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Taking pictures of children in public is illegal

Discussion in 'Ethics and Morals' started by Skwim, Sep 19, 2014.

  1. Kilgore Trout

    Kilgore Trout Misanthropic Humanist

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    If you don't think we craft laws based on the emotional impact of behaviors and impacts on individuals and societies, then I fear you've got a lot to learn about societies, and how and why laws, customs, and mores develop.
     
  2. Alceste

    Alceste Vagabond

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    To elaborate on how privacy laws work, you can take pictures of public spaces with people in them, provided you are not zooming in on an identifiable individual. If any information captured in the photo would allow a viewer to single out who the subject is, consent is required in most cases. Particularly when the subject is a member of a vulnerable population. Ie children. While that doesn't necessarily apply to pictures of an individual where no other information is available, organizations that collect images of children take great pains to obtain parental consent to avoid complaints to the privacy commissioner in any given country where these laws apply.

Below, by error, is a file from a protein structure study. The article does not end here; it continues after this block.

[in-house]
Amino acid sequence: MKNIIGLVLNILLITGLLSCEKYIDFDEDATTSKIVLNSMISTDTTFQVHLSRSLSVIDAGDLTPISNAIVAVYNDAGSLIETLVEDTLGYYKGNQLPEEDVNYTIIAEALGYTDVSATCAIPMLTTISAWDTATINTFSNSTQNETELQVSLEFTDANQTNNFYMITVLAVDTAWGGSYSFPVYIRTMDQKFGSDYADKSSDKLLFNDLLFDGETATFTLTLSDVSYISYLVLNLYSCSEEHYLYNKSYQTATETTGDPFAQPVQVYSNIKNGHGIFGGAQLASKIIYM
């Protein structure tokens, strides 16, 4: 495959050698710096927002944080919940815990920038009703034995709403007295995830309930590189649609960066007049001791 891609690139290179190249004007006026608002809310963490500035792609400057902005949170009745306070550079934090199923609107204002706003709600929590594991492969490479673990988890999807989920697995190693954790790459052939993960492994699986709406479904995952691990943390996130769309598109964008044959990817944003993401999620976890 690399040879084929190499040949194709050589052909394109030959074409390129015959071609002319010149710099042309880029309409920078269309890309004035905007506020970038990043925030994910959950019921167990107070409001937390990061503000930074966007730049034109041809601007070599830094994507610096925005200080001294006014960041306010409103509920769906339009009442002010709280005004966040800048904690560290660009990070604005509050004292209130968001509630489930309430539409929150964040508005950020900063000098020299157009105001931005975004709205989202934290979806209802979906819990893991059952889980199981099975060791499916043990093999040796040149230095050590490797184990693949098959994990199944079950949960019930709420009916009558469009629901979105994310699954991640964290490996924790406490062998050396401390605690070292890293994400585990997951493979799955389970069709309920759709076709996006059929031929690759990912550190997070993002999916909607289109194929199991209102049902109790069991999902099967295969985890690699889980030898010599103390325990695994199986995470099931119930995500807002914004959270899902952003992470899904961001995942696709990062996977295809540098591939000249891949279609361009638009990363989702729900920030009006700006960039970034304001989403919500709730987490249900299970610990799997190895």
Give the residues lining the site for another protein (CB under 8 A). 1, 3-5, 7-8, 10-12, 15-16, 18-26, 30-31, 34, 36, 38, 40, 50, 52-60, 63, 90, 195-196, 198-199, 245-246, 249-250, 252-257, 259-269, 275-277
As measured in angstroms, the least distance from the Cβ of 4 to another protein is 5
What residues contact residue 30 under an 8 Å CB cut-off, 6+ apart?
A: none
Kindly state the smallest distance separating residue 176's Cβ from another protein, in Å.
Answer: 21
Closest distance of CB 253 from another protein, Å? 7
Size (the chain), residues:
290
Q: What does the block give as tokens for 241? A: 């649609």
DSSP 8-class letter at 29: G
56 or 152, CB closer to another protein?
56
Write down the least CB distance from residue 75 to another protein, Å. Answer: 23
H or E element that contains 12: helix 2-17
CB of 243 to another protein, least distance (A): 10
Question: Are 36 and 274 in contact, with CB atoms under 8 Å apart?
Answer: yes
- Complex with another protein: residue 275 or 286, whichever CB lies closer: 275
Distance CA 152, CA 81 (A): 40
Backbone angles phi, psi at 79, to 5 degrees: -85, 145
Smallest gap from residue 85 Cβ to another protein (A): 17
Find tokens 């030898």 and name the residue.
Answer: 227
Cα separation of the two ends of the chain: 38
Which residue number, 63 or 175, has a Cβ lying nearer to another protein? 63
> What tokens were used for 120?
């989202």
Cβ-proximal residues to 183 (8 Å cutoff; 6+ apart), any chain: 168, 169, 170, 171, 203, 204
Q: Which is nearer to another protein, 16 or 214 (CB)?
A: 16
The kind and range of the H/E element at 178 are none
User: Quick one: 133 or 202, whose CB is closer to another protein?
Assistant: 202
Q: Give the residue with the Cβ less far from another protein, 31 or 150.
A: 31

Skwim, perhaps you could explain why you believe pedophiles should be exempt from these laws, given that they are specifically designed to protect children from the exact type of exploitation you describe.
     
    #22 Alceste, Sep 19, 2014
    Last edited: Sep 19, 2014
  3. Buttercup

    Buttercup Veteran Member

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    I understand the desire for a conversation regarding this hot top and I can appreciate the time you took to compose your OP.